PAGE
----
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Apple move into home consoles 'a distinct possibility' - analyst

Apple's move into the console hardware market is 'a distinct possibility' according to Prudential analyst Jesse Tortora.

Apple's move into the console hardware market is 'a distinct possibility' according to Prudential analyst Jesse Tortora.

The research company believes that Apple could combine technology from some of its leading products to create a home console, supported by the continued evolution of its market-leading iPod device.

"We think the videogame market represents a distinct possibility for Apple, especially considering that it recently announced the availability of videogames for its iPod through its iTunes store," Tortora said in a note to clients.

"The game console device could be morphed out of some combination of the MacMini and iTV, while the handheld player could be developed as an enhancement for a future version of the widescreen iPod," explained the analyst.

However, the reality that hardware costs in the videogame industry are often taken at a loss, later recouped by software sales, would represent a real change of business for Apple, which has traditionally made profits from hardware sales.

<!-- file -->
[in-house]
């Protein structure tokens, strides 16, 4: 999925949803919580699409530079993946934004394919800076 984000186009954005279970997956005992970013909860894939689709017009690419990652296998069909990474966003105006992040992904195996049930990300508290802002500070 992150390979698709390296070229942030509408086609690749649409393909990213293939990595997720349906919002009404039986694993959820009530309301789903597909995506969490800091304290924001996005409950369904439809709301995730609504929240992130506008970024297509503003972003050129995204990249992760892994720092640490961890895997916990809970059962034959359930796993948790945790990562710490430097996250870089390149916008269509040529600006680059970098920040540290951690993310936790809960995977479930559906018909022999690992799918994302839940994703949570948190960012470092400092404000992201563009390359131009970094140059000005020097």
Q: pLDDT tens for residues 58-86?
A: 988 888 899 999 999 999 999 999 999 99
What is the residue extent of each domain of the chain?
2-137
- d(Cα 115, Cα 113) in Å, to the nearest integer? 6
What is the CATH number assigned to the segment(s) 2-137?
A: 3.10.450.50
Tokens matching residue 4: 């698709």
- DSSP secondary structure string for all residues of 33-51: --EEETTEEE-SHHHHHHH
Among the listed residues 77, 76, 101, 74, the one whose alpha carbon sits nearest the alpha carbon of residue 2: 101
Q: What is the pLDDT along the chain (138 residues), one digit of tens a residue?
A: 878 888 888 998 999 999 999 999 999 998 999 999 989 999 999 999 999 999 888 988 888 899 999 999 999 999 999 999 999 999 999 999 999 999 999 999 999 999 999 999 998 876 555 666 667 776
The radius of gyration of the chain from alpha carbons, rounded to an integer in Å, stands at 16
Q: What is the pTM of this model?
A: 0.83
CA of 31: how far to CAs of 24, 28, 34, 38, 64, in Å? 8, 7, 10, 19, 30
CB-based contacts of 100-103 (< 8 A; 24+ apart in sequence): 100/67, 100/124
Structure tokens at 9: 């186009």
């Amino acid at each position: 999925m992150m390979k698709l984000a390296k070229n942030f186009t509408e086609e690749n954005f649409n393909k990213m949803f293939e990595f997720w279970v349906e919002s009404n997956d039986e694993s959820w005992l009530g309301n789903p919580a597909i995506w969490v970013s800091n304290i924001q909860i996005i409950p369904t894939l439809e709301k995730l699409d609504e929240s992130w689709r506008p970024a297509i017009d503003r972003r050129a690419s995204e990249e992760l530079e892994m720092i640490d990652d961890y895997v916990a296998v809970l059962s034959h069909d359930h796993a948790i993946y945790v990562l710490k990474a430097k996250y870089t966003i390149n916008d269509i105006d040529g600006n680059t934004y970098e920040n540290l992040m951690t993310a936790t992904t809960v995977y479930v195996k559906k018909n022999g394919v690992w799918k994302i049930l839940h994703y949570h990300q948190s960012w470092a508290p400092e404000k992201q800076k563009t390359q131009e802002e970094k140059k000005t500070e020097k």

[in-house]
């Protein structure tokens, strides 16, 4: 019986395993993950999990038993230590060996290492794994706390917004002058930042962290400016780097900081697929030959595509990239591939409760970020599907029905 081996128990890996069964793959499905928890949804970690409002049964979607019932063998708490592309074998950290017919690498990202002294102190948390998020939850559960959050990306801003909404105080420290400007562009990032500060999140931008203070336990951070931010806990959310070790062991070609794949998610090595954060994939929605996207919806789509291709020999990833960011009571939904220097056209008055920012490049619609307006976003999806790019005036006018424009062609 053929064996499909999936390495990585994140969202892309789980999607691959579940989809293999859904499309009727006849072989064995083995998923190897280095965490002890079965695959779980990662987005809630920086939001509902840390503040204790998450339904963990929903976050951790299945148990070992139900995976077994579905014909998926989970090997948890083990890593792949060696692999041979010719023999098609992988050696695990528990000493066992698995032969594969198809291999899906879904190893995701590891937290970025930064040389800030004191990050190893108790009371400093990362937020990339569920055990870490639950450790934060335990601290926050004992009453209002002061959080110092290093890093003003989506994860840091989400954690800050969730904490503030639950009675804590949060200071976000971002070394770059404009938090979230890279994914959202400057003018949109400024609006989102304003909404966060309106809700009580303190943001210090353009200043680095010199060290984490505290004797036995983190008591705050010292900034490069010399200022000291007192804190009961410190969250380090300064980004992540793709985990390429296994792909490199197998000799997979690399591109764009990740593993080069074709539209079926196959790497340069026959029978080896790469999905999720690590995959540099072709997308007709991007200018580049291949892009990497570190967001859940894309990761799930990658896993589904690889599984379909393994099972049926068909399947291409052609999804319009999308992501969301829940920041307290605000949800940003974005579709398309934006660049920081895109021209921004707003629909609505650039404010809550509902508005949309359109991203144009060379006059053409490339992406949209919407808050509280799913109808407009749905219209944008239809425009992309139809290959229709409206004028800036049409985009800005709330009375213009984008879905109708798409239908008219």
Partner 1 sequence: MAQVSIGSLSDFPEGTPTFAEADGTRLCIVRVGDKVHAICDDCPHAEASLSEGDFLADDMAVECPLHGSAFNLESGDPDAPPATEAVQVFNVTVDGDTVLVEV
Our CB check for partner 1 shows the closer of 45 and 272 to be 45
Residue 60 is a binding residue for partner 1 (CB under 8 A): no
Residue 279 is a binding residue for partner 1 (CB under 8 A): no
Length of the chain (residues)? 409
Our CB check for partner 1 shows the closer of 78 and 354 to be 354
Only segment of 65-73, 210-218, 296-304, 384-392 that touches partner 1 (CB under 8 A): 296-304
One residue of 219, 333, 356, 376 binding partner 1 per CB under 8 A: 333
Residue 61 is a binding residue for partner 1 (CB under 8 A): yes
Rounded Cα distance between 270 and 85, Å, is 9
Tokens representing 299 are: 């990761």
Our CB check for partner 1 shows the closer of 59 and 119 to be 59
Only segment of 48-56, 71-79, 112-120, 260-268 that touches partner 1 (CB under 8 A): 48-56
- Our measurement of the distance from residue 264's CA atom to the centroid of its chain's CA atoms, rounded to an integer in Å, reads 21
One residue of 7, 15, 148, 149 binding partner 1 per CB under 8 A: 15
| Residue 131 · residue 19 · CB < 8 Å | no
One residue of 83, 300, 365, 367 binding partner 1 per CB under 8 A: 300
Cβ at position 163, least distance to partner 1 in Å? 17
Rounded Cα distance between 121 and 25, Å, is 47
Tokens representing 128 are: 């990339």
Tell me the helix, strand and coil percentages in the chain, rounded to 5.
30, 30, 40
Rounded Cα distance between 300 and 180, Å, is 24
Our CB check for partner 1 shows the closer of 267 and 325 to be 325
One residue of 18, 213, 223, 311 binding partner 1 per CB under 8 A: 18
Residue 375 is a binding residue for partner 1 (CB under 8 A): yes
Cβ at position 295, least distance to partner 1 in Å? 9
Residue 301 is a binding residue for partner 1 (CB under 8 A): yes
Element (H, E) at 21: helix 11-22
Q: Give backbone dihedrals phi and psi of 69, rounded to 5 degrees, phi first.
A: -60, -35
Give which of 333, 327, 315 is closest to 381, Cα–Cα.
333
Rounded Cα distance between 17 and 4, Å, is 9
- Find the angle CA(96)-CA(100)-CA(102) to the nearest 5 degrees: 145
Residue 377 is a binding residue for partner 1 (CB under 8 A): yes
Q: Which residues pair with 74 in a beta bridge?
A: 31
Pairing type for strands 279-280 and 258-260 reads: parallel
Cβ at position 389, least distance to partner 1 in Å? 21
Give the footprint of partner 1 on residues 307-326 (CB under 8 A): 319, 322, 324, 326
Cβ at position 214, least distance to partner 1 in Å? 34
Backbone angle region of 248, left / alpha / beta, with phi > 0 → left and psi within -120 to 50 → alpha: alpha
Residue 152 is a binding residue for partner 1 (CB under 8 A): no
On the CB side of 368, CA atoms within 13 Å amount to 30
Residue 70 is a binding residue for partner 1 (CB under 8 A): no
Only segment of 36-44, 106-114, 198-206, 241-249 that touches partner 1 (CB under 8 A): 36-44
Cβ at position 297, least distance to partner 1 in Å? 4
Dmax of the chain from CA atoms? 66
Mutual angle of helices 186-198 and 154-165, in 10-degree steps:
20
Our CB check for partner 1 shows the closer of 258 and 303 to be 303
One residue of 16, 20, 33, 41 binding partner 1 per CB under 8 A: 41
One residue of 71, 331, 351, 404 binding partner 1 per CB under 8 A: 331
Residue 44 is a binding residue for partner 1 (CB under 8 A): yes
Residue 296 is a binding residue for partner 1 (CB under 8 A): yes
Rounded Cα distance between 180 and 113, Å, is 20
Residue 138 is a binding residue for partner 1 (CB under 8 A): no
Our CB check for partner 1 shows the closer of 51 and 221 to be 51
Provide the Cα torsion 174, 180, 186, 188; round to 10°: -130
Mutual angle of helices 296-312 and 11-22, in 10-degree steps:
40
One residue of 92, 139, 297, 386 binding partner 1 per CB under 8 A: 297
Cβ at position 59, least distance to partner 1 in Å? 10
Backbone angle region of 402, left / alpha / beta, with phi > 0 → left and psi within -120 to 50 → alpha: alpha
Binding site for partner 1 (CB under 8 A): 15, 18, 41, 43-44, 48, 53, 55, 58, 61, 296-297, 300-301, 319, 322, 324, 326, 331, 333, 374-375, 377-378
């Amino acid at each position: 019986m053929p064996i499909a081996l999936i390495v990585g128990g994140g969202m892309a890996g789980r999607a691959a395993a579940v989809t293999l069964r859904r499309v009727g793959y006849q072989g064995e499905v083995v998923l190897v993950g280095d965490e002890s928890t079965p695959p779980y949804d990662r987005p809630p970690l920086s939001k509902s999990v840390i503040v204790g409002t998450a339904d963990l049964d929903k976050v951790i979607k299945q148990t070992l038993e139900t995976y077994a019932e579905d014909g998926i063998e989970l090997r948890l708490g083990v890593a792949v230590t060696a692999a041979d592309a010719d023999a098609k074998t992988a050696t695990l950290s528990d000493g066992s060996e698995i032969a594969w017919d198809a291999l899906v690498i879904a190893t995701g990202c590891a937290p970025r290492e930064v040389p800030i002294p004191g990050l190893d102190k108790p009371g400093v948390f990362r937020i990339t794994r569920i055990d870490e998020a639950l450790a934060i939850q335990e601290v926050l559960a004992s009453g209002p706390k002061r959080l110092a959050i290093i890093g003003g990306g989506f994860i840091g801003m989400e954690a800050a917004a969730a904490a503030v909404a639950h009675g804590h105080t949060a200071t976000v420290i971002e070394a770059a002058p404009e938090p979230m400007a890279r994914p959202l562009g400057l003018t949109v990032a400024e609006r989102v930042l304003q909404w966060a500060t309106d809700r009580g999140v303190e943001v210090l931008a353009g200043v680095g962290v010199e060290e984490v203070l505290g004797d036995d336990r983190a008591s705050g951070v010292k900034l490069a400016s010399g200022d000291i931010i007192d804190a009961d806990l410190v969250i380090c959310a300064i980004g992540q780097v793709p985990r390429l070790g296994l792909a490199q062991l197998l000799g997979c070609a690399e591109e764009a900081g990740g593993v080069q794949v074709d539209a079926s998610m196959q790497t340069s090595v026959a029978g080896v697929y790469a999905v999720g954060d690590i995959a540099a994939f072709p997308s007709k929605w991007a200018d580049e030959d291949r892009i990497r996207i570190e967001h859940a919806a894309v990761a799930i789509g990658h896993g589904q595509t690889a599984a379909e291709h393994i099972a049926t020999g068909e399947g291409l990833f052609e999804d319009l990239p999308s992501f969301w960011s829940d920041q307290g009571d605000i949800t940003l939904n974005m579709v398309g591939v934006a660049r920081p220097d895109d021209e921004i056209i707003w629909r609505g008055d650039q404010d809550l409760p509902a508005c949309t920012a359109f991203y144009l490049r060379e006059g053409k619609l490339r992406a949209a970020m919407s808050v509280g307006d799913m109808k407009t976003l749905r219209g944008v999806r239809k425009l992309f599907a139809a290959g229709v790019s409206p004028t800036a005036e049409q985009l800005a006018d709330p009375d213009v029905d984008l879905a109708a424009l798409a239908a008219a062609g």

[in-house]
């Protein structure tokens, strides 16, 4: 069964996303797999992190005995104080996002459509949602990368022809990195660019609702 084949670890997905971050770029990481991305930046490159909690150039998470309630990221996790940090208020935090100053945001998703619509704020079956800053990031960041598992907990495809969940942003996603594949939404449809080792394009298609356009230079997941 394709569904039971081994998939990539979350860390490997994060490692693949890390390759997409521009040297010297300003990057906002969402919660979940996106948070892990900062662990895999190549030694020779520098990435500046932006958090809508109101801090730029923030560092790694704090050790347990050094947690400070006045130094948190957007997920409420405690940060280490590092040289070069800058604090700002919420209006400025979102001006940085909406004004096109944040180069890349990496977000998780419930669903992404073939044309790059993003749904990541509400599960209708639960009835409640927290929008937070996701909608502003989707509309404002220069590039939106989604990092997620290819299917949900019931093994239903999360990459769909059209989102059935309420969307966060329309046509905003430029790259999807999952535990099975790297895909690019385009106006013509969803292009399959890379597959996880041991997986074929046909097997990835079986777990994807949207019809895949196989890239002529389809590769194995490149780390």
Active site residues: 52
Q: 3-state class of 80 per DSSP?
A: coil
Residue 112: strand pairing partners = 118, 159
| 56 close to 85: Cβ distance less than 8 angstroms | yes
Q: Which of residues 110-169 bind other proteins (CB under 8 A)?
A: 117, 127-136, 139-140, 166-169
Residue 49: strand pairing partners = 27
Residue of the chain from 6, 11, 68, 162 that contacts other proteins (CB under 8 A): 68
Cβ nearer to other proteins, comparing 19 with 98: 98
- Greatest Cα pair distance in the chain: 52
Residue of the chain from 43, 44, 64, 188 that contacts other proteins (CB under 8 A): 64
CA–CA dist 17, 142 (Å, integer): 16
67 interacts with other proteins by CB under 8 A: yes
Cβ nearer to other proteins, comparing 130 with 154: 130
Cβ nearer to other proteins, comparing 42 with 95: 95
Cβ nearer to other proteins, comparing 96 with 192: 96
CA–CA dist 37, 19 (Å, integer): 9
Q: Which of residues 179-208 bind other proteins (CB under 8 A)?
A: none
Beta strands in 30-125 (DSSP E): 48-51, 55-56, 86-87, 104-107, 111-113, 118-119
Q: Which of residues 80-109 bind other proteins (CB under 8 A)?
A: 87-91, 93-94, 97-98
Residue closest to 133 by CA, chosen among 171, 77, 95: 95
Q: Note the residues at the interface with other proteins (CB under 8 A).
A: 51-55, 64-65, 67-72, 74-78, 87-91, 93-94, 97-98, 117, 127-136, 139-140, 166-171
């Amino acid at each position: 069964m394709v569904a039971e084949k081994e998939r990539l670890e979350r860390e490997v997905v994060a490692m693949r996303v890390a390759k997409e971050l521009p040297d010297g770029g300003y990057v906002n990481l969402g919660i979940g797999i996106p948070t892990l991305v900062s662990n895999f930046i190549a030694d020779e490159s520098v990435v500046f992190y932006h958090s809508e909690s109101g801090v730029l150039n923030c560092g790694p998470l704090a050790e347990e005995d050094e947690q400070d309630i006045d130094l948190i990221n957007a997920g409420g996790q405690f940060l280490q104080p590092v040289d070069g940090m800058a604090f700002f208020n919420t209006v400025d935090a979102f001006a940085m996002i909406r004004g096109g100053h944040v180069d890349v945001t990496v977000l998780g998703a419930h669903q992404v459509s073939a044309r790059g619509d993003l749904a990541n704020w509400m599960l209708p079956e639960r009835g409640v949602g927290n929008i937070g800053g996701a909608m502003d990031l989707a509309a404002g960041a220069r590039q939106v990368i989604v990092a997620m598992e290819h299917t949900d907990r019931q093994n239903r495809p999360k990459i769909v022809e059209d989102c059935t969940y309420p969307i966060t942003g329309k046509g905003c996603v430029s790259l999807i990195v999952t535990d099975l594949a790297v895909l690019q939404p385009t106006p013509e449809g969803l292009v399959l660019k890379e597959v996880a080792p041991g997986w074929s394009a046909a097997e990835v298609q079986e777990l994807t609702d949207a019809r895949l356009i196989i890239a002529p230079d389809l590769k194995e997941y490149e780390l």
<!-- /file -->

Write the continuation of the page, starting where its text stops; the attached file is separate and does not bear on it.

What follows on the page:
"The videogame console market is notorious for subsidising hardware to sell profitable games. Apple would have to either rely on the sales of its games and downloadable movies to make enough profit to cover losses on hardware or figure out a strategy to make profits on hardware itself," said Tortora.

Tortora believes Apple's move into videogames would be taken to defend its position in the home entertainment sector, a market that rival firm Microsoft has recently made aggressive moves in with the launch of downloadable TV and movie content for the Xbox 360.

"There are no technical limitations to this capability, and Microsoft is already aggressively wooing the movie studios," noted the analyst. "This could adversely impact Apple's iTunes Movie download business longer-term, along with its iTV and video iPod sales."

Apple recently launched a limited videogames download service for the iPod, and has hired games developers specialising in both hardware and software, according to Tortora.

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Matt Martin avatar
Matt Martin: Matt Martin joined GamesIndustry in 2006 and was made editor of the site in 2008. With over ten years experience in journalism, he has written for multiple trade, consumer, contract and business-to-business publications in the games, retail and technology sectors.
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